Preacher Boy & Big Bones first recorded together in 1996, for Preacher Boy’s sophomore release on Blind Pig Records, Gutters & Pews:
"With some of the most innovative roots music on the scene today, Preacher Boy will make a believer out of even the most skeptical with Gutters and Pews. The album creates dusky lyrical landscapes littered with hobos, ghosts, drunks, loneliness, love, and salvation. The result is a totally unique twist on roots music." –Blues Access
But the story begins a decade earlier, when a young kid not yet old enough to drink in a bar began following a blues harmonica player up and down Telegraph Avenue, listening to every note, hanging on every word. Eventually he would ask the virtuoso bluesman if he could sit in. “You ain’t gon’ slow me down, are ya?” He did slow him down, but he also learned, and after weeks of grueling apprenticeship, it was safe to say a partnership of sorts had begun. The young lad – Christopher Watkins – would eventually make a name for himself as Preacher Boy. The harmonica player –already very well known to Bay Area Blues aficionados—was Big Bones.
They logged a lot of miles together in those Blind Pig years; sometimes with a band, sometimes as a duo, and while they traveled extensively, they never failed to return to their favorite stage at Biscuits & Blues. And from Sonny Boy Williamson’s club in Helena, Arkansas, to Buddy Guy’s in Chicago, to just about every square foot of every stage up and down the West Coast, they traveled hard, played hard, and built a sound unlike any other.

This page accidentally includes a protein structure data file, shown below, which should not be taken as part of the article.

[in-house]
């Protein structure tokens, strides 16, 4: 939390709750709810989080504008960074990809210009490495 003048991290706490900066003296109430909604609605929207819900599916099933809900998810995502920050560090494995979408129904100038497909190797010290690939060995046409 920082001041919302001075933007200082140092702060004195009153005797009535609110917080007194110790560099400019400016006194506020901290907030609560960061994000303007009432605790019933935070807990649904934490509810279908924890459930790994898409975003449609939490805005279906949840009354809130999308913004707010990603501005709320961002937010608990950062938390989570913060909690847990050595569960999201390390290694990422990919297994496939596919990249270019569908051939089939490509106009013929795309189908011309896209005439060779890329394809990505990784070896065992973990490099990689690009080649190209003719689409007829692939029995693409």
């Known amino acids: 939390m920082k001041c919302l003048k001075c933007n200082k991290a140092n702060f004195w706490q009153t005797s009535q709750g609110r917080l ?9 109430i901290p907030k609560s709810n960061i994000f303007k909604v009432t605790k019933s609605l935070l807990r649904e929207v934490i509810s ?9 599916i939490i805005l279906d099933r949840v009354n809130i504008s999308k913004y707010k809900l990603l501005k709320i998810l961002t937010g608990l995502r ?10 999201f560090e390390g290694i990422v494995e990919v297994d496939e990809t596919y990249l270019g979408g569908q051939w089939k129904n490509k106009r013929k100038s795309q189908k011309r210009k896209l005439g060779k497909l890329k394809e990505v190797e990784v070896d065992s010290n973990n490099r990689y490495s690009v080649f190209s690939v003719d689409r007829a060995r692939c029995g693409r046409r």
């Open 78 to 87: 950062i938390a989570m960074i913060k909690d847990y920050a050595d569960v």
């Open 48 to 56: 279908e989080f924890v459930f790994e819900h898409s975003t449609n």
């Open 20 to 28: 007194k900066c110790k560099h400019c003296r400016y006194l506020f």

The duo parted ways at the close of the 90s, but a bond like theirs proved too strong to break. And now, finally, some 25 years after they first met, Preacher Boy & Big Bones are reuniting on the very stage where they perfected their musical connection: Biscuits & Blues.
"Using good ol' down-home blues as the scaffolding for this post-modern exercise in music-making, Preacher Boy delivers an eclectic batch of original tunes on this impressive release."
"Preacher Boy is somewhat like Keb’ Mo’ in his jazzing up of Delta blues styles, but with a more contemporary sound akin to Kelly Joe Phelps or Chris Whitley. The best cuts highlight his wonderful work on National Steel."
“Country blues that marry Nick Cave, Robert Johnson, Woody Guthrie and Tom Waits, honeymoon in the barroom with accordions and banjos and line the wedding bed with sheets of mutant folk, deviant campfire country and beatnik jazz.”